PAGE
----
A new type of material is able to detect pressure and transmit that information directly to the brain.
Prosthetic limbs and brain-computer interfaces have seen significant advances over the last few years and now scientists at the University of Stanford in California have come up with something else that could one day make it possible for an amputee to regain the ability to touch and feel.
The artificial skin, which is made from a flexible multi-layered material, is capable of not only picking up how hard it is being pressed but can also communicate that information to the wearer’s brain.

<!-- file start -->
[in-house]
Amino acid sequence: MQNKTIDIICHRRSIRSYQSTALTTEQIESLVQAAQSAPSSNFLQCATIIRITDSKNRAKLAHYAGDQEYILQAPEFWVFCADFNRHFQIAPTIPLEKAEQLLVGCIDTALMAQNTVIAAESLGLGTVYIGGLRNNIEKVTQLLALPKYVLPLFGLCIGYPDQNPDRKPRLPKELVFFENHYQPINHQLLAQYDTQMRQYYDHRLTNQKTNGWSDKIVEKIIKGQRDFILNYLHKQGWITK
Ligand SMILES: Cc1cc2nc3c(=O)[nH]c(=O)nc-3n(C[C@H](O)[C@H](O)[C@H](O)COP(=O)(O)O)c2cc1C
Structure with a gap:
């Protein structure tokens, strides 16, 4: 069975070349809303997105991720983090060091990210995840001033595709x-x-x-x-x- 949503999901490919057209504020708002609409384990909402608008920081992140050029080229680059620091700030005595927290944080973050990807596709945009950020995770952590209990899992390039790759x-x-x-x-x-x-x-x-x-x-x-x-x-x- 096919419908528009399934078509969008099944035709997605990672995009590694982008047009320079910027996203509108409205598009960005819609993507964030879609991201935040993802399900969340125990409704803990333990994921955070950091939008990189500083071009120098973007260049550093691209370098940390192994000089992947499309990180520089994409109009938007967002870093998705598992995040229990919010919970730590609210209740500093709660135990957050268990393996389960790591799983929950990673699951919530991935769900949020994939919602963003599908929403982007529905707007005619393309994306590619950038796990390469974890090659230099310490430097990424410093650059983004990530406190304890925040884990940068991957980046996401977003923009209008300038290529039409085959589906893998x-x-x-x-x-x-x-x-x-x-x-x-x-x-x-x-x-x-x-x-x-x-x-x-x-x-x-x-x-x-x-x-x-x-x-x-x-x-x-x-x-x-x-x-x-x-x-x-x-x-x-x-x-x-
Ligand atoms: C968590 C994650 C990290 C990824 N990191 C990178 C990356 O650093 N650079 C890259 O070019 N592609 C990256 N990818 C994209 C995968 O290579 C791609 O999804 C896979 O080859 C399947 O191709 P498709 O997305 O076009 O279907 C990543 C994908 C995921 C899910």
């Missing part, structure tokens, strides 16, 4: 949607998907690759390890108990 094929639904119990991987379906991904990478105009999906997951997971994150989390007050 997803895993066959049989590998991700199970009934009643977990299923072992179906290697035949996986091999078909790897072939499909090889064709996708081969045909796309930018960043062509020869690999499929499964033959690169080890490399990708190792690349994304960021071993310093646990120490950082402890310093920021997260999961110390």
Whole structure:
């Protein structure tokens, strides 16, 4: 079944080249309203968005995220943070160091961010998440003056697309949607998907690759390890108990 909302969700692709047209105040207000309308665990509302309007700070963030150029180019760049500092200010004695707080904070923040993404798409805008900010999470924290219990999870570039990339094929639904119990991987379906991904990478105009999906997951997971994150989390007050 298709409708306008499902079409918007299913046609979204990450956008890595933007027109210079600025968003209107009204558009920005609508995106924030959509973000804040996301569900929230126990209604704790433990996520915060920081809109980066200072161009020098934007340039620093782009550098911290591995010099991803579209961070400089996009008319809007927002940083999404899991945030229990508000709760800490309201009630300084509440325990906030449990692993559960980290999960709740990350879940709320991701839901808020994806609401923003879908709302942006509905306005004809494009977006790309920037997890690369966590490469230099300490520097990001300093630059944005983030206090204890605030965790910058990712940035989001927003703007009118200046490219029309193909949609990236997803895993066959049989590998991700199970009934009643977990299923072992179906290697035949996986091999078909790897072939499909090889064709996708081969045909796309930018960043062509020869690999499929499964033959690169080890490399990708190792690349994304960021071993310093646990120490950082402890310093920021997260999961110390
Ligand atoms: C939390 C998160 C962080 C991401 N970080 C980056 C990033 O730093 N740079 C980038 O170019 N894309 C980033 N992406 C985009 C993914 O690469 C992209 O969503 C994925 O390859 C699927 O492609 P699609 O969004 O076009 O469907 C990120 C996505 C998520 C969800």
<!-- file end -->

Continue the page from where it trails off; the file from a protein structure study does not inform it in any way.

“This is the first time a flexible, skin-like material has been able to detect pressure and also transmit a signal to a component of the nervous system,” said chemical engineer Professor Zhenan Bao.
Skin is notoriously difficult to reproduce artificially – especially given the numerous functions it can perform such as the ability to heal up after injury and to sense how hot or cold something is.
While right now the new artificial skin can only sense pressure, the engineers who developed it are hoping that it can eventually be made to feel textures and sense temperature as well.
“We have a lot of work to take this from experimental to practical applications,” said Bao. “But after spending many years in this work, I now see a clear path where we can take our artificial skin.”